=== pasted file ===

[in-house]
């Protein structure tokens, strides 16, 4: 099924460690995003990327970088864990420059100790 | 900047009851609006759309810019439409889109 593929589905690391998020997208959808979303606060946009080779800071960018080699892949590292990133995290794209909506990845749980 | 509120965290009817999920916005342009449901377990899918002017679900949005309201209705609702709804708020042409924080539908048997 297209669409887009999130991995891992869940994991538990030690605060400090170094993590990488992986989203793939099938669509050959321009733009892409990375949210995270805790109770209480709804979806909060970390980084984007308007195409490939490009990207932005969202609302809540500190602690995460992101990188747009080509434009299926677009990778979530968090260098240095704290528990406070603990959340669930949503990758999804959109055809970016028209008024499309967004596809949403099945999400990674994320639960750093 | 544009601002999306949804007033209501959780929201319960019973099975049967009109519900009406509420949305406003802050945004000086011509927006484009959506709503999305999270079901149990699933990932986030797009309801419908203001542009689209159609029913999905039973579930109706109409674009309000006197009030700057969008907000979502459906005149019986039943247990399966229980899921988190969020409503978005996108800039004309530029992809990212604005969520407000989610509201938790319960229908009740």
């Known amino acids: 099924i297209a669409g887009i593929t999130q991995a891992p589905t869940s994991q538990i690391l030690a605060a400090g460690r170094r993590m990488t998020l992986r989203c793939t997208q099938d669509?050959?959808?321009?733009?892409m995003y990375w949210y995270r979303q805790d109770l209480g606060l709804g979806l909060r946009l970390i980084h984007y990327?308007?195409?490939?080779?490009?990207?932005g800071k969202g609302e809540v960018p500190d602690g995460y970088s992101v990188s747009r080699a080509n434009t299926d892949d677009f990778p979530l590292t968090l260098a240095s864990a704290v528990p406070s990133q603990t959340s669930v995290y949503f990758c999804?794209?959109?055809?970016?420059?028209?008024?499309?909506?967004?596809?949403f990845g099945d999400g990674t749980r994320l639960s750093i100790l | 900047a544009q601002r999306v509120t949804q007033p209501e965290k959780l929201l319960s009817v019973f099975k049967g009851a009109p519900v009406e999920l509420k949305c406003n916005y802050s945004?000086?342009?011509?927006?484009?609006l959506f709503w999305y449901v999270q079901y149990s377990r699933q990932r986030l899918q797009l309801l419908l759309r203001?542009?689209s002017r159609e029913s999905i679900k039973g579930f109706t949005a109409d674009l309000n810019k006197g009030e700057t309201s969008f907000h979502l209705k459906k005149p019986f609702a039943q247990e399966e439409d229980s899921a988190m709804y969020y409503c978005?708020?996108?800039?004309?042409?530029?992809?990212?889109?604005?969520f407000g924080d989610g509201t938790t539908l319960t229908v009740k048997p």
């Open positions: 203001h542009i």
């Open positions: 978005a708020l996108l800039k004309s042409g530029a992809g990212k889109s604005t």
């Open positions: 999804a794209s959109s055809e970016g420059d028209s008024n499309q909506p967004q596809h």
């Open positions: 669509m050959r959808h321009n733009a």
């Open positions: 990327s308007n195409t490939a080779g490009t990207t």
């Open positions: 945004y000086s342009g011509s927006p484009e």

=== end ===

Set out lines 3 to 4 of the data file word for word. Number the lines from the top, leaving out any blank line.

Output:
């Known amino acids: 099924i297209a669409g887009i593929t999130q991995a891992p589905t869940s994991q538990i690391l030690a605060a400090g460690r170094r993590m990488t998020l992986r989203c793939t997208q099938d669509?050959?959808?321009?733009?892409m995003y990375w949210y995270r979303q805790d109770l209480g606060l709804g979806l909060r946009l970390i980084h984007y990327?308007?195409?490939?080779?490009?990207?932005g800071k969202g609302e809540v960018p500190d602690g995460y970088s992101v990188s747009r080699a080509n434009t299926d892949d677009f990778p979530l590292t968090l260098a240095s864990a704290v528990p406070s990133q603990t959340s669930v995290y949503f990758c999804?794209?959109?055809?970016?420059?028209?008024?499309?909506?967004?596809?949403f990845g099945d999400g990674t749980r994320l639960s750093i100790l | 900047a544009q601002r999306v509120t949804q007033p209501e965290k959780l929201l319960s009817v019973f099975k049967g009851a009109p519900v009406e999920l509420k949305c406003n916005y802050s945004?000086?342009?011509?927006?484009?609006l959506f709503w999305y449901v999270q079901y149990s377990r699933q990932r986030l899918q797009l309801l419908l759309r203001?542009?689209s002017r159609e029913s999905i679900k039973g579930f109706t949005a109409d674009l309000n810019k006197g009030e700057t309201s969008f907000h979502l209705k459906k005149p019986f609702a039943q247990e399966e439409d229980s899921a988190m709804y969020y409503c978005?708020?996108?800039?004309?042409?530029?992809?990212?889109?604005?969520f407000g924080d989610g509201t938790t539908l319960t229908v009740k048997p």
């Open positions: 203001h542009i």